Friday, May 31, 2019

The Top Blocking Fullbacks of the Past Forty Years

OPINION
By John Turney
 The recent NFL fullback is a niche position, it's a position that hadn't existed since likely the 1930s in the old single wing until a facsimile of it appeared in the late-1970s with the popularization of single back offenses.

We think the first to use this position was the Oilers when Earl Campbell became their superstar back. The Oilers liked the "I" formation and would line up Tim Wilson in front of him to lead block for Campbell.
Oddly, the name "fullback" is a misnomer. We spoke to Chuck Noll about that in the mid-1990s. We asked about Moose Johnston and the "guard in the backfield" position we were seeing all over the NFL. Noll said, "What you are seeing is the fullback offense. Johnston is actually the halfback and Emmitt Smith is the fullback". Coaching terminology tweaked those to call the fullback a tailback and the halfback a fullback.

Johnston's success led to the new fullback spot having a place on the Pro Bowl roster and a few seasons later the All-Pro team purveyors added the position as well.

So, to be clear, we are not talking about the great running fullbacks like Jim Brown or Jim Taylor. Nor are we talking about the all-around fullbacks like John L. Williams, Roland Harper, or Jim Braxton—players who blocked well, but also ran. We will deal with those in a separate post.

The typical season for the kind of fullbacks we are mentioning here would be maybe 45 carries in a season and maybe that many receptions, give or take.

But the key thing is if they blocked for dominant rushers with more emphasis on three blocks: lead (ILBs), kick-out & hook (edge players) on runs, plus pass-protection, of course.

For a fullback it is as important on run blocks, especially on ILBs, to have same "avoid-adjust" eyes/moves as if ball-carrying. Running backs can move a defender with his eye and the fullback has to do the same or every block would be a spatter. Sometimes that is needed but no one could do it play after play without some finesse.

In short, due to the many responsibilities some scouts think modern fullback is the NFL's toughest position outside of quarterback, physically and mentally.

Back in the day, we say Paul Maguire talking about the wisdom of a fullback to a caller on a Bills coaches show. The caller asked why the Bills didn't use Kenneth Davis along with Thurman Thomas since Davis was looking good as a ball carrier. Maguire said "There is only one ball. And I understand you want deception, but if one guy carriers you have to have a blocker and neither Davis nor Thomas can do that".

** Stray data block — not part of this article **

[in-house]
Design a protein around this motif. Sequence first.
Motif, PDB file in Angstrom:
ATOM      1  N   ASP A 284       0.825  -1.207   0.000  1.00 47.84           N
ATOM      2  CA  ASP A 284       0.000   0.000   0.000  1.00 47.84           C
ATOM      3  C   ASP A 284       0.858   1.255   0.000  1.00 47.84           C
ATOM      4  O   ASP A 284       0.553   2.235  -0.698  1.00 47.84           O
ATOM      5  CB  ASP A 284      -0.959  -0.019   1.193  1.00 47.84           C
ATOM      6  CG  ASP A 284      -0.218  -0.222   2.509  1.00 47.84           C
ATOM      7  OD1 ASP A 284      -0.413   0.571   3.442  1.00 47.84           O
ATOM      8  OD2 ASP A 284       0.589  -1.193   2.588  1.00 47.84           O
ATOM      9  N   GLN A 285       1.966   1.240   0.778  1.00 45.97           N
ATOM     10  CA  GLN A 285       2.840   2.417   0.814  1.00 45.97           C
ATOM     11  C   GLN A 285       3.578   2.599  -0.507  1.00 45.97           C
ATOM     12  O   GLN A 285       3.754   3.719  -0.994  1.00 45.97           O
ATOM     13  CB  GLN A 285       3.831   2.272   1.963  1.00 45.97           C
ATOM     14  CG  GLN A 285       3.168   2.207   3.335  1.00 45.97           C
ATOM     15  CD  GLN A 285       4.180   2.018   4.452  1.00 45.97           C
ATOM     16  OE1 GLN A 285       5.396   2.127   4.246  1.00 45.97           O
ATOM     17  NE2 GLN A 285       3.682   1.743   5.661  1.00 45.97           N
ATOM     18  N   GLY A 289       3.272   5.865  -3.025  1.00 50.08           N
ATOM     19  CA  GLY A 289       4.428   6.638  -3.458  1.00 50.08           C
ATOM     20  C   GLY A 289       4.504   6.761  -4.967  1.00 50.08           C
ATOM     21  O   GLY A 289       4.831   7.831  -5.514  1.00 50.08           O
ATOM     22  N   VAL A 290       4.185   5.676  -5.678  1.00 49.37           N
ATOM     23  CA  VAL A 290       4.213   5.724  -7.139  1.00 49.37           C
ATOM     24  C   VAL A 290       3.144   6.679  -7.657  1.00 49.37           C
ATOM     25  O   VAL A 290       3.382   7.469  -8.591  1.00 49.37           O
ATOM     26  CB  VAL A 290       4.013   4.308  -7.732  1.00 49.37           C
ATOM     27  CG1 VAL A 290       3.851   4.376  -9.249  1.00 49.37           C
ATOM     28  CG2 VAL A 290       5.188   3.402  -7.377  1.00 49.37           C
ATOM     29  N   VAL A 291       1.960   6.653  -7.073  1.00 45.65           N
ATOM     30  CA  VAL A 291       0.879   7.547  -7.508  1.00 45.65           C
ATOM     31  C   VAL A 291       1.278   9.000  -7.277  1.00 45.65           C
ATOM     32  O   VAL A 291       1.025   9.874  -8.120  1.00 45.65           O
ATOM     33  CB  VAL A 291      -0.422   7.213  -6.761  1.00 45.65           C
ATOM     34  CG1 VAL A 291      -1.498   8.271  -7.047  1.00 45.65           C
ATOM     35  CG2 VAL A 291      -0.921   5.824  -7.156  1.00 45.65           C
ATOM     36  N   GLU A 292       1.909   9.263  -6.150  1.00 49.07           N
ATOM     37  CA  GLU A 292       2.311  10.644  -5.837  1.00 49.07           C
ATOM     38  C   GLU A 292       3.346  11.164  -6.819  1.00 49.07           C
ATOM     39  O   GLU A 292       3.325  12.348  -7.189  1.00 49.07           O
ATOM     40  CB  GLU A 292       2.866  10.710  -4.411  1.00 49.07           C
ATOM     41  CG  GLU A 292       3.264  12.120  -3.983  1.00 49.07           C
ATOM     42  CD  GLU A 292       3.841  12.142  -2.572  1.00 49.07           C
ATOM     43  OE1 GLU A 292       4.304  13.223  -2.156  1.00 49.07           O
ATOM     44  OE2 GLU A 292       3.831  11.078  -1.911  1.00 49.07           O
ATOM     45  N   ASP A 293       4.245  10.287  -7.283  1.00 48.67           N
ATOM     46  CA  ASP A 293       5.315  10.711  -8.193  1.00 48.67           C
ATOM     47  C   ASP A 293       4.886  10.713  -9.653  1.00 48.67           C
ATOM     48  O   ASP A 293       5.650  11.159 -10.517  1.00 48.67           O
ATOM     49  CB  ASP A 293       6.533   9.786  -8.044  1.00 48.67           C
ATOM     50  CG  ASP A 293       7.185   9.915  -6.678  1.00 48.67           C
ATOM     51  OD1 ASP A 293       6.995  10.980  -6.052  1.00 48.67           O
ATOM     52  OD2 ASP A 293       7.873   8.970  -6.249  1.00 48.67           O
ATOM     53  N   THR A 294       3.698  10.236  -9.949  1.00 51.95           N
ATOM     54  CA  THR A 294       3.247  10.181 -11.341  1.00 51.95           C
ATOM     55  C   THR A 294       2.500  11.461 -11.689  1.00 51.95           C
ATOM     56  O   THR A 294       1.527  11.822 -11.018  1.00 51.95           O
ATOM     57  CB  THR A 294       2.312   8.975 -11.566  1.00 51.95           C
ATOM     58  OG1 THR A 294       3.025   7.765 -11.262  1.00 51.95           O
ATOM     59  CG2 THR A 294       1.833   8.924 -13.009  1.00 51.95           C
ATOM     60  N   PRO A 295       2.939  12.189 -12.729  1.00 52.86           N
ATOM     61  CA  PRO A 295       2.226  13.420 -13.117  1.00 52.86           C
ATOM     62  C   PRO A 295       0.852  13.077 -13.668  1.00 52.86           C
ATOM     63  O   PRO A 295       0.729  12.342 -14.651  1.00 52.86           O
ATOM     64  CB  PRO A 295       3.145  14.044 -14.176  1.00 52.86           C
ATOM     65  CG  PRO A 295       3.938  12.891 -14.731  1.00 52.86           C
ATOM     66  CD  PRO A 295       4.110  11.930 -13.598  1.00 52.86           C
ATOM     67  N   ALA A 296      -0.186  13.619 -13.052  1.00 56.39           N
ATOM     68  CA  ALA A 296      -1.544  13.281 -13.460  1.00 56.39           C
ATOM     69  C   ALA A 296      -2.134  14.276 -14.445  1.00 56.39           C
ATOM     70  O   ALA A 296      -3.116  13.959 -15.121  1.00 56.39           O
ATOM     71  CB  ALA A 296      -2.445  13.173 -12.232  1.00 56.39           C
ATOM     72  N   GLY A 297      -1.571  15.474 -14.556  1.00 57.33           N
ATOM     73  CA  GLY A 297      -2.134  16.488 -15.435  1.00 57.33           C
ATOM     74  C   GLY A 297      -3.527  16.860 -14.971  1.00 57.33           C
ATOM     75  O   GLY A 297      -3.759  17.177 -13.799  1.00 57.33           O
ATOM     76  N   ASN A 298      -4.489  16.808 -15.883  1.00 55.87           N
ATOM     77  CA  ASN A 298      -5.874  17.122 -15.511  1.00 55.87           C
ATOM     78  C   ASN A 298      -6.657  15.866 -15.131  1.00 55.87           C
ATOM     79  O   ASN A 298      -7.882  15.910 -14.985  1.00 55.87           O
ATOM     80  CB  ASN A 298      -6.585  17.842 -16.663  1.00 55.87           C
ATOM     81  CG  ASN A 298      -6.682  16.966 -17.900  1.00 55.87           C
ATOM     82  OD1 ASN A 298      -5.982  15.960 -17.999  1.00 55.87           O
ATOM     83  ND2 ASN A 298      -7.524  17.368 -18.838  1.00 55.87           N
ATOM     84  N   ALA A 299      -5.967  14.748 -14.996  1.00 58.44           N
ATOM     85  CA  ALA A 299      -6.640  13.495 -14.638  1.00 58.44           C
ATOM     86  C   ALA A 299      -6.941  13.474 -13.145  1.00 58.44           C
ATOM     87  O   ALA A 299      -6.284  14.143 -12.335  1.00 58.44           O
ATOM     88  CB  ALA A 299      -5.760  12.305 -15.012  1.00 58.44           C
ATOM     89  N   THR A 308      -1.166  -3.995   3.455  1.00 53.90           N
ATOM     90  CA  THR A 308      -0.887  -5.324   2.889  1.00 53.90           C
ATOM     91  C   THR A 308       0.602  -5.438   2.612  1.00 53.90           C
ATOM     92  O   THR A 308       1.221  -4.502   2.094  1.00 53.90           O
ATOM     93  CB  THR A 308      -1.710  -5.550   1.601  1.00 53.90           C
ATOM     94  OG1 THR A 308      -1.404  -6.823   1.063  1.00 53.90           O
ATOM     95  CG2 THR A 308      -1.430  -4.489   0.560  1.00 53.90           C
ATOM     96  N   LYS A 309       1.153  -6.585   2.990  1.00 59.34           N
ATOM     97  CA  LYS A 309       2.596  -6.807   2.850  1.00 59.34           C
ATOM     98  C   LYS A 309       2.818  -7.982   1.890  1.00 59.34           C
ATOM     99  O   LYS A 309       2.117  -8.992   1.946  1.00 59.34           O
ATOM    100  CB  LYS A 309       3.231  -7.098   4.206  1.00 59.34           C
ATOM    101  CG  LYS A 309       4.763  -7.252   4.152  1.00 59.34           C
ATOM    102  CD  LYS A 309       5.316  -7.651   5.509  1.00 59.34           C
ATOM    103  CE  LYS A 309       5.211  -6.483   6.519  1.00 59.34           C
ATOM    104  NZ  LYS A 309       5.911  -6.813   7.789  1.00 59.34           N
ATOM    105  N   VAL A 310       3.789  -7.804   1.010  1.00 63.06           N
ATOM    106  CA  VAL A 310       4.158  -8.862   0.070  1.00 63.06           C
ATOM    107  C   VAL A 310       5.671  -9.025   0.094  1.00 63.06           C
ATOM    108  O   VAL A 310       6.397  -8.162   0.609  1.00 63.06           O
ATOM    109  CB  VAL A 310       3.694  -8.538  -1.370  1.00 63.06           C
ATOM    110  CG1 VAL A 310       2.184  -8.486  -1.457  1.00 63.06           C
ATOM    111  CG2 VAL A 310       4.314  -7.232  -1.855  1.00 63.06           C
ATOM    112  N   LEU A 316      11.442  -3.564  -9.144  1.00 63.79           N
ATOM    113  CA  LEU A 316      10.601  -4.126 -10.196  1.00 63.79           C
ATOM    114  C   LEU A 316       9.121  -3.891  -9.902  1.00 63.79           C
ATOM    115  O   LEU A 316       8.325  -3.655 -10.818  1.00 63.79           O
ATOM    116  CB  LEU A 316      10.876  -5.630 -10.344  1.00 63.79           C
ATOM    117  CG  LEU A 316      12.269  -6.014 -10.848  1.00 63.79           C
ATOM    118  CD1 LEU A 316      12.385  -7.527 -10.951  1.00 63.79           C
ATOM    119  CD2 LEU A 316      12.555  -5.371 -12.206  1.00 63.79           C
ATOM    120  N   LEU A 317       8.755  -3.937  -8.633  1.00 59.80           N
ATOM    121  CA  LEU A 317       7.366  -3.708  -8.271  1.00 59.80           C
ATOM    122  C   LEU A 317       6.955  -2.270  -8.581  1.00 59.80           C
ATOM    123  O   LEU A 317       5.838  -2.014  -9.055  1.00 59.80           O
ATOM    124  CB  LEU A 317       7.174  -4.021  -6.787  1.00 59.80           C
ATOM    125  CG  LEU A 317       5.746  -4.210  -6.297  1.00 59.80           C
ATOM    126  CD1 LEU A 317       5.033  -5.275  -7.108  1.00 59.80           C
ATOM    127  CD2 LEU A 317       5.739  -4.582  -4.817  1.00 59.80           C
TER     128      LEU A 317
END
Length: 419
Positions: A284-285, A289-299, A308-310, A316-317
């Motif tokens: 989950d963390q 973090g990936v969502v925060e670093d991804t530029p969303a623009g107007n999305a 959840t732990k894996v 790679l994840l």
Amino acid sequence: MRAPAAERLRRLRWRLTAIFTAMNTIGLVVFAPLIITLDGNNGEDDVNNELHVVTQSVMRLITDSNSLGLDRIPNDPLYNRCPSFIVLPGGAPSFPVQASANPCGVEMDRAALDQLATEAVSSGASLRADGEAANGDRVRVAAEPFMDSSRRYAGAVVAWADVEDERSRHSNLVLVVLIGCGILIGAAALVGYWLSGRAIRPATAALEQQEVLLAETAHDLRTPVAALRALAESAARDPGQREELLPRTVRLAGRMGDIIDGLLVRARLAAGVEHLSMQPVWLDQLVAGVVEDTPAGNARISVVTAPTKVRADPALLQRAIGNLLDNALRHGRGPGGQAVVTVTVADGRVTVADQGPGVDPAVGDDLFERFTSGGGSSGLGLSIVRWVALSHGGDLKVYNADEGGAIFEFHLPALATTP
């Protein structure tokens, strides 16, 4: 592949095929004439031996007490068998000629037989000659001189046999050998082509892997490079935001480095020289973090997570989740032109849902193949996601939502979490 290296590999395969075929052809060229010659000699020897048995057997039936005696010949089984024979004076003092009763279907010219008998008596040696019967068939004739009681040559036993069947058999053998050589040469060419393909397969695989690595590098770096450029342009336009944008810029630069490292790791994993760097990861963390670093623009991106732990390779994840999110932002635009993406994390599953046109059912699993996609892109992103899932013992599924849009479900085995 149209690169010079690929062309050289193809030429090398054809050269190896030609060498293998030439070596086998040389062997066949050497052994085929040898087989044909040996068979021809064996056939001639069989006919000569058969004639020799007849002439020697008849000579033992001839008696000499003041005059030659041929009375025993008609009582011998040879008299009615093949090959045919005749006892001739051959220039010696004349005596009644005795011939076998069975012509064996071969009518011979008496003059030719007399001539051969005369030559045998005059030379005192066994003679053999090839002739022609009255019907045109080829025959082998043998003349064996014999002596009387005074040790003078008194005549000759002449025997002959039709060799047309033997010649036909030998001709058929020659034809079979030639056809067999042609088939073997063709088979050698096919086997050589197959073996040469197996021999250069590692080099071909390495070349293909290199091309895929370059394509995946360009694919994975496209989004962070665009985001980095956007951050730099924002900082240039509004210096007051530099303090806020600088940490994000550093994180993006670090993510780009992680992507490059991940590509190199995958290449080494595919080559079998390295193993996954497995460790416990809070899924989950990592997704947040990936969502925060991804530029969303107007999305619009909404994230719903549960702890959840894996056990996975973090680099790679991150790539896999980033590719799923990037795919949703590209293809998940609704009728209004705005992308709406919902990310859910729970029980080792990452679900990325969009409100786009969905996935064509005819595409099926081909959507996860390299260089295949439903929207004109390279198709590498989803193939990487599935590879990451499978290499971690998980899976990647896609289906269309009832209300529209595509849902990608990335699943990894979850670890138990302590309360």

Here is our list. We are confident in the top five. After that it's too hard to separate them, so we relied on how long they played effectively and all the other things we've used in previous posts. So, don't be dismayed if you think, for example, #20t. is better than #17. You very well could be right—these players are so similar their isn't tons different between them, except for the top of the list, those we think, stand out.

Here is the list:
1. Daryl Johnston
Always stellar, always graded high by Mike Giddings, Emmitt would tell you he's the best ever. He blocked for the NFL's all-time rusher and has three Super Bowl rings. What else is there?

He was All-Pro in 1993 by USA Today and Sports Illustrated. In 1994 and 1995 USA Today again named him All-Pro.

2. Lorenzo Neal
A physical freak, he seemingly played for half the teams in the NFL but it was only seven. Amazing size and power—5-11 and 255 pounds (listed) but had to be 10-15 pounds heavier. He was a two-time All-Pro and a four-time Pro Bowler and was All-2000s, the first decade there was a blocking back on the team. In the 1990s the choice would have been Johnston for sure.

Neal blocked for Eddie George and Corey Dillon but his best stint was with the Chargers where he blocked for LaDainian Tomlinson from 2003 to 2007 and during that time Tomlinson averaged 1,546 yards and 18 rushing touchdowns per season.

3. Tom Rathman
Rathman was the guy Moose Johnston looked to for film study and how he patterned his game. In 1992 Rathman was the first of these new-style fullbacks to gain postseason honors when USA Today named him All-Pro as a fullback.

4. Sam Gash
Like Neal, not quite as big, maybe around 245 pounds. Went to two Pro Bowls and got a Super Bowl ring in 2000 with the Ravens.

5. Kyle Juszczyk
One of the last of a breed, Jusczyk is a factor in the passing game and is a top-notch blocker. He's only going into his seventh season, so he's still young but we've picked players early in their careers (Aaron Donald, Justin Tucker, and others) on this list. We put a premium on peak performance. And watching a guy pass protect, lead block and run a wheel route 20-25 yards downfield is impressive. He's the best in the game and has been for the last three seasons and was excellent before that.